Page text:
Onlookers, rejoice. Gmail has launched a new invisibility feature which removes all the social pressure of instant messaging while maintaining its voyeuristic joy. "Invisible" takes "busy" to its logical conclusion: You can be on chat to see who else is there without having to talk to anyone. But beneath this new feature lies an instant message prisoner's dilemma.

Going invisible is effectively ratting out your accomplice. You enjoy all the benefits of gchat—the brilliant orange, the anticipation of seeing someone type—without any obligation to recently contacted to acquaintances.

Of course, if you're thinking of ratting out your accomplice, he's thinking the same thing. After all, everyone would prefer to choose when to talk to people.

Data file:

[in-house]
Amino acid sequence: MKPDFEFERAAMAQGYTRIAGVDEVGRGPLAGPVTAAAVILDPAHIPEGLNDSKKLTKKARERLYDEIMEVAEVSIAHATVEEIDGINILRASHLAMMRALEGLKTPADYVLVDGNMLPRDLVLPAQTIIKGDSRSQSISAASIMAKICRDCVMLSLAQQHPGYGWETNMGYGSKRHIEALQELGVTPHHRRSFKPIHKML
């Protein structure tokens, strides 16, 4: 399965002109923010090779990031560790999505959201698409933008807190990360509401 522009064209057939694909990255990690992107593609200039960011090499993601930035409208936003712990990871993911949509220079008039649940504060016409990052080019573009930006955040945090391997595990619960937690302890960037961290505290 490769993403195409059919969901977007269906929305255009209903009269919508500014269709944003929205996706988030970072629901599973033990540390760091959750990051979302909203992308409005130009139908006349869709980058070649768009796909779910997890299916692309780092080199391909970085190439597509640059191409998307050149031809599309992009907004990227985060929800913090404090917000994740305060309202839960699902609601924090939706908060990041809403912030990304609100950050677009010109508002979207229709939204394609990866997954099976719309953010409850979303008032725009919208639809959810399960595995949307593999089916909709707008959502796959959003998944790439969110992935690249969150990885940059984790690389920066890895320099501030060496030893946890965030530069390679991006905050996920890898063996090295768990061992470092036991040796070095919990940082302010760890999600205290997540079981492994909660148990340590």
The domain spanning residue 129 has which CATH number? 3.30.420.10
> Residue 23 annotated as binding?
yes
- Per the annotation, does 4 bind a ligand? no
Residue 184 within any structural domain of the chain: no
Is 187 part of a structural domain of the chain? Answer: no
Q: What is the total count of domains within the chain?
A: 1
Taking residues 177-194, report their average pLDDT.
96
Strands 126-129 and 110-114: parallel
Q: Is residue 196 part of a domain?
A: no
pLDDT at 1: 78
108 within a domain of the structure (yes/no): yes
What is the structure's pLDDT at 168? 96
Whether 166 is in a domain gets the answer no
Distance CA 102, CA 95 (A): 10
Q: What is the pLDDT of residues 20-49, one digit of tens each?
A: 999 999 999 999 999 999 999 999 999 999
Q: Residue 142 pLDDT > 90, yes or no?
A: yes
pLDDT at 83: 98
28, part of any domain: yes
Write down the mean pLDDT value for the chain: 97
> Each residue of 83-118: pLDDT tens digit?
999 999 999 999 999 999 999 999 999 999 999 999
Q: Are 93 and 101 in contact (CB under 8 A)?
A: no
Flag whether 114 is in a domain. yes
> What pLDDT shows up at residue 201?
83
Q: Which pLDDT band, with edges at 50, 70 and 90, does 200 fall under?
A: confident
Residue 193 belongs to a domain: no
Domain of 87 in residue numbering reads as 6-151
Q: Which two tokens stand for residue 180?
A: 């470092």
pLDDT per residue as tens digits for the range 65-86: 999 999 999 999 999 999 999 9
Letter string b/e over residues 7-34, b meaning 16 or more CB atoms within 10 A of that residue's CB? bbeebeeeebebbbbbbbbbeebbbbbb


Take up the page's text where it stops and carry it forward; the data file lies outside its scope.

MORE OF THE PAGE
But even if you're devoted to your accomplice, there's no promising that he will be faithful to you. If you stay available on gchat and put up a cleverly message about the how you're bored at work, all your contacts could be invisibly making fun of your neediness.

And if both prisoners rat each other out, what has been gained? If everyone is invisible, gchat will no longer be the post-AIM instant message scene it has become. There will be no gchat statuses to mock. Mini-internet drama will ensue as nascent lovers wonder if their beau really is invisible or is just ignoring their messages. And if one's true gchat status is obscured, how can feelings ever be open?

Like the prisoners dilemma, the greatest good for the greatest number is to be loyal and available to chat. But each has the most to gain if by being treacherous and invisible.

To be available or invisible: It's one for the ages.